Artificial intelligence is one of, if not the most, disruptive pieces of technology that’s currently in development. The thought of being able to create an artificial entity that’s capable of learning and adapting is one that was only previously imagined in movies. But at this point, it would seem that the advent of artificial intelligence is near.
This new tech is bound to bring with it a slew of benefits as well as create new problems for us. But that’s how it goes. Now, in an attempt to mitigate the instances of car accidents, many tech companies are developing self-driving cars.
The rationale behind this is that by eliminating human error (which is the cause of over 90 percent of all car accidents), the roads would also be about 90 percent safer. After all, computers don’t get drunk, browse Tinder while driving, or get angry while on the road.
So, how is this bad for car insurance companies?
Well, it’s rather simple. The premium of insurance policies are bound to rise. Why?
Because self-driving cars are a new technology, and they haven’t become available to the public. There is little to no data available that would determine what the insurable risks are, how much insurers are going to cover, and what risks are involved in the operation of fully-autonomous cars.
Without the necessary data from which the computation of premiums can be derived, insurers have no choice but to price their premiums higher in order to counteract this lack of data. With so few car models that are fully autonomous, the data surrounding these cars is almost zero. The fact that a self-driving car was involved in a fatal accident doesn’t help their case either.
Is it really that bad?
Not necessarily. While it’s true that data is limited, the fact that these cars are able to collect and share so much data, the lack of data may not be a problem that we have to deal with very long.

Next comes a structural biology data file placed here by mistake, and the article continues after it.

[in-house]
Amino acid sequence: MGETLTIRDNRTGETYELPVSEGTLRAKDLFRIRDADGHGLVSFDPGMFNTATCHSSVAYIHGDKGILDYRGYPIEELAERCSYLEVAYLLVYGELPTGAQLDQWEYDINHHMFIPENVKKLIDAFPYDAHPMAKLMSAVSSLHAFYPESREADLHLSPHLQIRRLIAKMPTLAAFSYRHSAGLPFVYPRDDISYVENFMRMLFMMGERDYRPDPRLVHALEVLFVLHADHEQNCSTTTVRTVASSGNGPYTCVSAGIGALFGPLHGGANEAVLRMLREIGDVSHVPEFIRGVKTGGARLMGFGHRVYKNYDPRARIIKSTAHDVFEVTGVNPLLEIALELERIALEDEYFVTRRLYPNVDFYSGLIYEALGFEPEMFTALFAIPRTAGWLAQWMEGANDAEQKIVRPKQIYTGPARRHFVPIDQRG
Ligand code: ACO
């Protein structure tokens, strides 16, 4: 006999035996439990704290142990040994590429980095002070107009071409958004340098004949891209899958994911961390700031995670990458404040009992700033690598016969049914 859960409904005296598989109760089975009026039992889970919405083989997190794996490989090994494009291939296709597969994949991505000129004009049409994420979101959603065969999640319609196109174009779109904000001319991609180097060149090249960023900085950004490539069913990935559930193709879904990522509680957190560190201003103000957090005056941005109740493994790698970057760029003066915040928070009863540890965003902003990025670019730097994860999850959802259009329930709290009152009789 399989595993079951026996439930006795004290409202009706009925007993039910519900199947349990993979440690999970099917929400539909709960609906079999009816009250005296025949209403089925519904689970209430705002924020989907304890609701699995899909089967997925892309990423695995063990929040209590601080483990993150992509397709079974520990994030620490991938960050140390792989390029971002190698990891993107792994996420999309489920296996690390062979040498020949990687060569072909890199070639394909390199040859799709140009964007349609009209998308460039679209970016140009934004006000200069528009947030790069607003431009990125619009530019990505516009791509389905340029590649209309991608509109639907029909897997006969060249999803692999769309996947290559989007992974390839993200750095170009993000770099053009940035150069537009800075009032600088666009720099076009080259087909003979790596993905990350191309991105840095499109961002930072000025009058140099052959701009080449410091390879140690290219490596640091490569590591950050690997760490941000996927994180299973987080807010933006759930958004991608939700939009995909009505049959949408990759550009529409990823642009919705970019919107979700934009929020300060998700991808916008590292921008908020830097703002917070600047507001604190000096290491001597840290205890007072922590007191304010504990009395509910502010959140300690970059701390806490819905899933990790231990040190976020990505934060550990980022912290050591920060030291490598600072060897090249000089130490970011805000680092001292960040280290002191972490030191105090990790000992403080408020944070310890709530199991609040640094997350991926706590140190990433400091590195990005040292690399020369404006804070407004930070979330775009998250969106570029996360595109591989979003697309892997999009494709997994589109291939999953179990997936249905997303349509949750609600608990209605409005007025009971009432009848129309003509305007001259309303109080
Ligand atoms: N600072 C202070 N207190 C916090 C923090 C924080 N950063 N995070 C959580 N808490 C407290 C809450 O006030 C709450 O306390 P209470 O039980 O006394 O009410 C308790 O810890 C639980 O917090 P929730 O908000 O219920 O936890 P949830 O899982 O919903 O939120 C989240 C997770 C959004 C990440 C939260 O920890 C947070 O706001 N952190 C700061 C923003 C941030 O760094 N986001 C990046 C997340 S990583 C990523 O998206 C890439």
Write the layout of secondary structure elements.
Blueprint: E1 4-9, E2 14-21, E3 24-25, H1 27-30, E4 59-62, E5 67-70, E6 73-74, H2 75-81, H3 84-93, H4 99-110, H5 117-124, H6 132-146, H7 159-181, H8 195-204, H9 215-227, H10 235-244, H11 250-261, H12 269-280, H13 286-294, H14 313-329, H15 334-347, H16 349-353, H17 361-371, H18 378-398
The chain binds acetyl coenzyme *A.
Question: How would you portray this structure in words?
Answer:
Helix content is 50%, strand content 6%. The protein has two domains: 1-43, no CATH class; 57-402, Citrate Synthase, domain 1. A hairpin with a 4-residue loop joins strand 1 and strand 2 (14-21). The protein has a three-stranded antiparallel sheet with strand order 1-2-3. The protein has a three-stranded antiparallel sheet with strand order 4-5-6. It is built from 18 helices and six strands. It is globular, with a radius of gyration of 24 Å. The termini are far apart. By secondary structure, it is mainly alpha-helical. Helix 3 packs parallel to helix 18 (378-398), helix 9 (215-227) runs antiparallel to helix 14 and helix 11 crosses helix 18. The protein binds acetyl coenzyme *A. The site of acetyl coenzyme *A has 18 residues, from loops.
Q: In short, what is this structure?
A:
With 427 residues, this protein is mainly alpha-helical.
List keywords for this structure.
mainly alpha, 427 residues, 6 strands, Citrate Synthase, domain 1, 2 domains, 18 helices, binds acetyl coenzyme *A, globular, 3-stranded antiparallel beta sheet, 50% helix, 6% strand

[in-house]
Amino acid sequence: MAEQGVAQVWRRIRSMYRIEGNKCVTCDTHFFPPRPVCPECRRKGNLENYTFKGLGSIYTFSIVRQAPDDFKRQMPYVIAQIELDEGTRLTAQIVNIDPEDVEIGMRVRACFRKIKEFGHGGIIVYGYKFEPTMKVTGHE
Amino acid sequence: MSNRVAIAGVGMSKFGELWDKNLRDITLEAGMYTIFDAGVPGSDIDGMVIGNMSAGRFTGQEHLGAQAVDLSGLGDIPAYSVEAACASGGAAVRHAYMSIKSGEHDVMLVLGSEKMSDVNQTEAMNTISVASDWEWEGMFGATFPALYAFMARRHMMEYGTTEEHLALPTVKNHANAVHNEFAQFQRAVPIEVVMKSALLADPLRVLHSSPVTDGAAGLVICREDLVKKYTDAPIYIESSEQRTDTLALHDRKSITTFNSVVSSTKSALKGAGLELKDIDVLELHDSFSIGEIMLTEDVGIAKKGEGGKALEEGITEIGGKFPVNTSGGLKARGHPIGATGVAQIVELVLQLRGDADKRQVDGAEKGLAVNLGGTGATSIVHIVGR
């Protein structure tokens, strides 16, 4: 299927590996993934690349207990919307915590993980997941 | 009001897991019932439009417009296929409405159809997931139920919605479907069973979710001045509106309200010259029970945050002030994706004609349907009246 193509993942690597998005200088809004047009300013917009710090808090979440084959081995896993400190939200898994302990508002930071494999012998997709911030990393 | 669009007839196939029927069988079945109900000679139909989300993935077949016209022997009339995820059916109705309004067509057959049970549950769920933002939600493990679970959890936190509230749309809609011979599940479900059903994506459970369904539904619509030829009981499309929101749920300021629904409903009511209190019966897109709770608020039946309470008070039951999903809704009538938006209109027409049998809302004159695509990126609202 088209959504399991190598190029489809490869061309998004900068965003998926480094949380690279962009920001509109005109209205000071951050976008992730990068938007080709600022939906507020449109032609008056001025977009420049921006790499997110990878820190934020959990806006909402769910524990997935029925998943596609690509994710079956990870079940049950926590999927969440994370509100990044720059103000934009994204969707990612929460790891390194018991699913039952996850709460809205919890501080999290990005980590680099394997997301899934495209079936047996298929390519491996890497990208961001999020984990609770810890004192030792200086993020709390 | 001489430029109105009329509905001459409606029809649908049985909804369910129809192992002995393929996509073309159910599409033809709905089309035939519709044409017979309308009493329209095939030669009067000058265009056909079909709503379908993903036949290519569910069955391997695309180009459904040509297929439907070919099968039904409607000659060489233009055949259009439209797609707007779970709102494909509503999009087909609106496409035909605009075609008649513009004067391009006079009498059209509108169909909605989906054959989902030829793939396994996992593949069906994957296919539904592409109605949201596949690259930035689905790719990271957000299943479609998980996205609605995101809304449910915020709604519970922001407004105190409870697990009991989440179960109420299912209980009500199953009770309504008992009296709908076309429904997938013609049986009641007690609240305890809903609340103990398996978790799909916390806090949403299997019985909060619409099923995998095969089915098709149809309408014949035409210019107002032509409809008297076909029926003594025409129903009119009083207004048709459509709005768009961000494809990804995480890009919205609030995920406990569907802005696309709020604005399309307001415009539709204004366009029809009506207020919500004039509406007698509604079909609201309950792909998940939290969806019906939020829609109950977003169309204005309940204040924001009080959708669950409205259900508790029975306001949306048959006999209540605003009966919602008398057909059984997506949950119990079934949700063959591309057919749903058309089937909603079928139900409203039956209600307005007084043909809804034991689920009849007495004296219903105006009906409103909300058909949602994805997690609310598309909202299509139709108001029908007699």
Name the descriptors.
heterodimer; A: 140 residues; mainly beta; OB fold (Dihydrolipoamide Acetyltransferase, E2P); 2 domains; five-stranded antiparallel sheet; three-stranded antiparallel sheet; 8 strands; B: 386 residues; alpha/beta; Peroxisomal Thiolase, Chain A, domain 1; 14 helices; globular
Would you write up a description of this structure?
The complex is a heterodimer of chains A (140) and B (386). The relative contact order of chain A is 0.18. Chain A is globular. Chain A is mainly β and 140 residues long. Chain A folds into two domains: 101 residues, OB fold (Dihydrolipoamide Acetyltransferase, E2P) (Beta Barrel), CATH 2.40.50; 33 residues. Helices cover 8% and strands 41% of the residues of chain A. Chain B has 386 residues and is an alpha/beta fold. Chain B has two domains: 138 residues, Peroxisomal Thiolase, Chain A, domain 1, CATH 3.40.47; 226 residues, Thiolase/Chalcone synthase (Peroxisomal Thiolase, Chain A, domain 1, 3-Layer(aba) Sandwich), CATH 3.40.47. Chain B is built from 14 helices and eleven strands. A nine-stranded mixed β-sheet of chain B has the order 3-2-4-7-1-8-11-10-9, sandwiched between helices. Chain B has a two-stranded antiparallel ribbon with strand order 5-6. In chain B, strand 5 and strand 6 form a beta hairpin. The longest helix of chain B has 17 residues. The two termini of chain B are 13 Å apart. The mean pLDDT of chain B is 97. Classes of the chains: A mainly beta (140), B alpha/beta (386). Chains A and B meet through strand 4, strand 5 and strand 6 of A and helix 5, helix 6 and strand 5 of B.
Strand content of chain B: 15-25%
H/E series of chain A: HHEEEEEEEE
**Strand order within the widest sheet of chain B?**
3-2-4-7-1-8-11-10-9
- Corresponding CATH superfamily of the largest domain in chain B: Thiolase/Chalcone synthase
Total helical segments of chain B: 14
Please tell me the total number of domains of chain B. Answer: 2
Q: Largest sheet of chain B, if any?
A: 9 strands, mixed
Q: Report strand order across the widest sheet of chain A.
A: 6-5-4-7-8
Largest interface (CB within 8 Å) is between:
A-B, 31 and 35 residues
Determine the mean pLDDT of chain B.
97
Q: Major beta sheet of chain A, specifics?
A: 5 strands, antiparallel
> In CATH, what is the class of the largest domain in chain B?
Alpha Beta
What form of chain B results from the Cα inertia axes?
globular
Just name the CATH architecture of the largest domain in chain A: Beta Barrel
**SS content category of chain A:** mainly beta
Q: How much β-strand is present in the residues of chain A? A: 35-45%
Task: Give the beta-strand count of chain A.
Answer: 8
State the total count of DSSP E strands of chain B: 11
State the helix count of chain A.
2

This is due in large part to the Internet of Things (IoT) which means that these cars are going to be able to gather and share real-time data with each other. So, the wait may not be as long as initially thought to be. This means that insurers and policy holders aren’t going to be stuck in a static relationship, but rather in a dynamic relationship where, as data grows, the premiums and policies may change. This means that car insurance companies like Allstate will eventually adjust their premiums to match the appropriate risks involved in the operation of self-driving cars.
So, why won’t this be a bad thing for the car insurance industry?
The short reason is that fully autonomous cars still have a long way to go before they become standard in society. The technology simply isn’t ready yet for consumer use. The reason that the technology is taking so long to deploy is that the lives of people are at stake. The technology needs to be absolutely foolproof when deployed.
Just think about it. When a self-driving car causes an accident, how do you determine liability? Do you hold the car manufacturers accountable? How about the passengers? What happens in the case where the internet connection fails and causes an accident because the car loses its ability to collect and share information? Do you then sue the internet service provider?
There are simply too many unknown variables in this equation for us to come up with a definite and workable answer. But, be that as it may, at the rate at which we’re able to process data with our current technology, we can only imagine how much more we’d be able to do with artificial intelligence. But, until that time comes, all we can do for now is speculate.